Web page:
What parents say about Discord
Free Reign ADULT CONTENT - "Our son was exposed to explicit sexual content, including videos, pictures, chats and video chats. There are also groups that are not gaming related and may have negative impacts on your children. Again, access to adult orientated topics. Many of the messages were from people seeking help, talking about suicide, doing drugs, cutting etc."
Not for young teens or tweens -
"As with any social app or site, there is no way to prove the person your kid is chatting with is actually another teen, adult, or online predator. My daughter used the site with Minecraft and most of the discussions did not center around gameplay, instead, it was focused on transgender and sexual topics - and she was easily influenced by these online friends. My advice - be very plugged into the content being discussed by your kids, not only on Discord, but all social media platforms." Source: Common Sense Media
What can parents do?
- Ask your student who they hang out with on Discord and what they talk about
- Remind your children that it’s impossible to know if someone is who they say they are online and on apps like Discord
- Download Discord and use it yourself before deciding if it’s safe for your family
- Teach your children that anyone can share “anonymous” content publicly
- Teach your student to tell you about, then report, any dangerous or illegal content they come across (including porn or content that glorifies or promotes self-harm)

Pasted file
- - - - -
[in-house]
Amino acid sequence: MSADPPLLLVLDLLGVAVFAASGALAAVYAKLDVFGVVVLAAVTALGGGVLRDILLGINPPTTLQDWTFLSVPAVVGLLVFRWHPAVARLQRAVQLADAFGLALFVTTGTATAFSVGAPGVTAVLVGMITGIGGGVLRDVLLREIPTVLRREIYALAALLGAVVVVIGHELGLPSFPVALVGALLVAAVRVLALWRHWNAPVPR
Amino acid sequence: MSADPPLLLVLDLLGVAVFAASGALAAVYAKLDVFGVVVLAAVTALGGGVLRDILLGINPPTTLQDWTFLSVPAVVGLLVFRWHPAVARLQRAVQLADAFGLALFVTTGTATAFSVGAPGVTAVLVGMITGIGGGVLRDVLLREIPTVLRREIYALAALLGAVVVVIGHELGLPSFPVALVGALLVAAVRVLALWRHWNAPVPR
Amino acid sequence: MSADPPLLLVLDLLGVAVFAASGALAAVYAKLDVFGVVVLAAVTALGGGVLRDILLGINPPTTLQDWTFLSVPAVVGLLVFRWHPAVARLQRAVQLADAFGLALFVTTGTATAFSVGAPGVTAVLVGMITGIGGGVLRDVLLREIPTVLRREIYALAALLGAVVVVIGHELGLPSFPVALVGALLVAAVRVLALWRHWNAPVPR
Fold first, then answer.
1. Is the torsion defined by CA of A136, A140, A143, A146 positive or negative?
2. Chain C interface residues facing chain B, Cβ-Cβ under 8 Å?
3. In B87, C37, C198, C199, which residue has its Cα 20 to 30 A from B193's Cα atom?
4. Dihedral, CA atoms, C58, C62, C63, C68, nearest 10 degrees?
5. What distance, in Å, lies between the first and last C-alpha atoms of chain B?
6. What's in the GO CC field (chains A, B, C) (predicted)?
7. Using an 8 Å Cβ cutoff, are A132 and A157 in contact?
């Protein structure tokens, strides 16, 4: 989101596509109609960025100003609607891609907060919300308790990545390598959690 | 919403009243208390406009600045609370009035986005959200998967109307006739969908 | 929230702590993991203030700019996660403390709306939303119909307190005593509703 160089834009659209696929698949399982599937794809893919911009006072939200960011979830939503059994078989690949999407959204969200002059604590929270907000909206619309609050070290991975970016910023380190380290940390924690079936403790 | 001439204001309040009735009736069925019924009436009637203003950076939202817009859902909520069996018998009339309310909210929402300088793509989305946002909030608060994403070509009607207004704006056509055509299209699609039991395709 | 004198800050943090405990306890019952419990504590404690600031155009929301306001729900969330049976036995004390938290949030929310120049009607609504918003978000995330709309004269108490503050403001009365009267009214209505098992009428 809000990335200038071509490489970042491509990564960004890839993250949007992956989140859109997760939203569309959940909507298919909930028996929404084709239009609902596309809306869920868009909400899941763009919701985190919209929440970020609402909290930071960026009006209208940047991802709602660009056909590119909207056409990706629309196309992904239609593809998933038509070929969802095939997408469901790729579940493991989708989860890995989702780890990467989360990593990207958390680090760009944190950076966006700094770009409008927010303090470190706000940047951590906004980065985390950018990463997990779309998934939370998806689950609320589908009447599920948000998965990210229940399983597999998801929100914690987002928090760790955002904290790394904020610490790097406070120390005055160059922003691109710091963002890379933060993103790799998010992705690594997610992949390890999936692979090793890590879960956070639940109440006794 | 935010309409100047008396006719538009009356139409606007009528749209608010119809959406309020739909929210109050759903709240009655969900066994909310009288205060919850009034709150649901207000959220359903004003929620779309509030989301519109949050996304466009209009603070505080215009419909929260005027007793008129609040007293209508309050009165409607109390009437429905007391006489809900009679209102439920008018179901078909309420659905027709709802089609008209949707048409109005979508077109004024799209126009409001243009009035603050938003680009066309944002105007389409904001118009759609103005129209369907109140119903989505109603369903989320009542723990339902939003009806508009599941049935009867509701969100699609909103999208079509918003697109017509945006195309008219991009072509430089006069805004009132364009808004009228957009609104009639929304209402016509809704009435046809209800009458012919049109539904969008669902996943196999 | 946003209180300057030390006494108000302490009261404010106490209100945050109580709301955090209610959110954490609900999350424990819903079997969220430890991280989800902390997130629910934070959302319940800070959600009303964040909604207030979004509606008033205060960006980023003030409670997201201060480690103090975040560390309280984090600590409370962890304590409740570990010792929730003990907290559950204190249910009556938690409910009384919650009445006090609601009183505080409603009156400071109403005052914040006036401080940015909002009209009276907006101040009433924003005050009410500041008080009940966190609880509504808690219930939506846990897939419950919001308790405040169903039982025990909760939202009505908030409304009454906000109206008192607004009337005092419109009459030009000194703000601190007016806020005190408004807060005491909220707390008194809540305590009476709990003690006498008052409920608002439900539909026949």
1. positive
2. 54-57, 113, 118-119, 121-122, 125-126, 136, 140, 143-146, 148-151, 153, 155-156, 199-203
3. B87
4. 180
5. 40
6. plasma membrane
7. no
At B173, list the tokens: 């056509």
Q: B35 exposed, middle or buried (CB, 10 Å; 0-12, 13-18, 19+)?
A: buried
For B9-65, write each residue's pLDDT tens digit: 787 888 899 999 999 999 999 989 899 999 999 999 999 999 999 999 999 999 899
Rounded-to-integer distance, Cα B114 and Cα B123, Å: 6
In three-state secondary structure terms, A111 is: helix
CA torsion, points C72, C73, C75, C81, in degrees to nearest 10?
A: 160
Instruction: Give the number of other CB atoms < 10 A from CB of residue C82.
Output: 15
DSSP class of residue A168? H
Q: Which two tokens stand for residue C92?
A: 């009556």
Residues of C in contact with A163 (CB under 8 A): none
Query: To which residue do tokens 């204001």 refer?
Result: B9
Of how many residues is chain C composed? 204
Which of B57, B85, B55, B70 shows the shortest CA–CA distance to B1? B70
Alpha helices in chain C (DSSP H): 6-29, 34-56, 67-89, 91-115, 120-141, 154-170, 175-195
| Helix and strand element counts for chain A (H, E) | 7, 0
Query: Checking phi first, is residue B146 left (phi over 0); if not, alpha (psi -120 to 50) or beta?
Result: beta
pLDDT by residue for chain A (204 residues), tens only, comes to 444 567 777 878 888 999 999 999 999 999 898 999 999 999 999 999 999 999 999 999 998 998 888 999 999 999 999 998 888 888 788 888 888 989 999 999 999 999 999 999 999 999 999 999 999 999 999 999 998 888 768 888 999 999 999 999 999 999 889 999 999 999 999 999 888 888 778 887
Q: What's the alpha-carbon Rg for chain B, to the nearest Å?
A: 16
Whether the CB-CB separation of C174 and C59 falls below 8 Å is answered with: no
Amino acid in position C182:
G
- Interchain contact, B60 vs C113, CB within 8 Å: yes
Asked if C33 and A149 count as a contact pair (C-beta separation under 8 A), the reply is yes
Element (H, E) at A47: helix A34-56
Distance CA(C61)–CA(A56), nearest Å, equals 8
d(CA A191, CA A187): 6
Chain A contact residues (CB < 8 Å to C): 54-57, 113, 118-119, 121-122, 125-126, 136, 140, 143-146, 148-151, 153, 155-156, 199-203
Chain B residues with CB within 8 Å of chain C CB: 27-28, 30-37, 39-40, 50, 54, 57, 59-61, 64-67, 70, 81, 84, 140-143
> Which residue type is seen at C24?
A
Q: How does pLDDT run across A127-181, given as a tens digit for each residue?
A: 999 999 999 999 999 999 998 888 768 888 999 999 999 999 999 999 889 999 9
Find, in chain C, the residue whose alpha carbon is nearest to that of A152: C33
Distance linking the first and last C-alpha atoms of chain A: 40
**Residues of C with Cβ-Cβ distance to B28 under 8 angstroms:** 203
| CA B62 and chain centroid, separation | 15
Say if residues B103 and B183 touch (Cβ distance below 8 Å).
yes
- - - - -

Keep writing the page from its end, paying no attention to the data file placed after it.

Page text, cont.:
- Tell your students not to share personal information or to click on links or download files that look suspicious
Use in-app settings to keep students safe
Discord launched a new Safety Center in 2020 that guides parents through the safety settings
- Friend request settings:
- There are 3 choices: Everyone, Friends of Friends, Server Members
- If you don’t want your students to get ANY friend requests, you can deselect all three options
- Direct messages (DM) settings:
- You can toggle Allow direct messages from server members to block DMs from users in a server who aren’t on your friends list
- If you joined any servers prior to turning this off, you must adjust your DM settings individually for each server
- To set an explicit content filter for direct messages:
- Go to User Settings, select Privacy & Safety and select:
- Keep me safe - Images and videos in all direct messages are scanned by Discord and explicit content is blocked
- My friends are nice - All direct messages sent by users who are not on your Friends List are scanned and explicit content is blocked
- Do not scan - With this setting, none of the direct messages you receive will be scanned or blocked for explicit content
It’s important for parents to use Discord’s in-app security settings, but not to rely solely on them to keep your students safe. Your best bet for keeping students safe on the Discord chat app is keeping an open dialogue about what they’re doing and who they’re talking to.